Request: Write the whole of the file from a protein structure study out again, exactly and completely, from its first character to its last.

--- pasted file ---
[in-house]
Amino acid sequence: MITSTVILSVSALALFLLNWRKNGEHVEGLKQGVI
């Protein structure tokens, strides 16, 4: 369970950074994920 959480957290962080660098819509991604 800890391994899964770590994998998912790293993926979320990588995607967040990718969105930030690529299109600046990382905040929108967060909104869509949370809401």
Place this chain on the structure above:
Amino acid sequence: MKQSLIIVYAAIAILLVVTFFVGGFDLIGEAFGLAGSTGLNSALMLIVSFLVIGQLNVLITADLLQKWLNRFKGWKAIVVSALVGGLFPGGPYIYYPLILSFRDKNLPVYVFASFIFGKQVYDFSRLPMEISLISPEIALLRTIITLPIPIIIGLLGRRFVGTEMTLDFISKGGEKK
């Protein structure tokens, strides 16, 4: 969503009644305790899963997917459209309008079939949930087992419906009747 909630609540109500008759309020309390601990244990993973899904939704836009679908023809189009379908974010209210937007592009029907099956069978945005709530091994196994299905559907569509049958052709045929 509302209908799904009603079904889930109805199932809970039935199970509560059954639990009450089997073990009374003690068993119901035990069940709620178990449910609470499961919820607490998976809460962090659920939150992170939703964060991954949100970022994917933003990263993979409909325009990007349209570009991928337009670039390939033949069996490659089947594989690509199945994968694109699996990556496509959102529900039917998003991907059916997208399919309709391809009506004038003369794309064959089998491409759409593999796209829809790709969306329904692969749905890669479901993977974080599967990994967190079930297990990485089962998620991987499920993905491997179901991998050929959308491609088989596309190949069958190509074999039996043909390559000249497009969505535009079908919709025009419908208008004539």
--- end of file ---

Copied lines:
[in-house]
Amino acid sequence: MITSTVILSVSALALFLLNWRKNGEHVEGLKQGVI
């Protein structure tokens, strides 16, 4: 369970950074994920 959480957290962080660098819509991604 800890391994899964770590994998998912790293993926979320990588995607967040990718969105930030690529299109600046990382905040929108967060909104869509949370809401």
Place this chain on the structure above:
Amino acid sequence: MKQSLIIVYAAIAILLVVTFFVGGFDLIGEAFGLAGSTGLNSALMLIVSFLVIGQLNVLITADLLQKWLNRFKGWKAIVVSALVGGLFPGGPYIYYPLILSFRDKNLPVYVFASFIFGKQVYDFSRLPMEISLISPEIALLRTIITLPIPIIIGLLGRRFVGTEMTLDFISKGGEKK
């Protein structure tokens, strides 16, 4: 969503009644305790899963997917459209309008079939949930087992419906009747 909630609540109500008759309020309390601990244990993973899904939704836009679908023809189009379908974010209210937007592009029907099956069978945005709530091994196994299905559907569509049958052709045929 509302209908799904009603079904889930109805199932809970039935199970509560059954639990009450089997073990009374003690068993119901035990069940709620178990449910609470499961919820607490998976809460962090659920939150992170939703964060991954949100970022994917933003990263993979409909325009990007349209570009991928337009670039390939033949069996490659089947594989690509199945994968694109699996990556496509959102529900039917998003991907059916997208399919309709391809009506004038003369794309064959089998491409759409593999796209829809790709969306329904692969749905890669479901993977974080599967990994967190079930297990990485089962998620991987499920993905491997179901991998050929959308491609088989596309190949069958190509074999039996043909390559000249497009969505535009079908919709025009419908208008004539």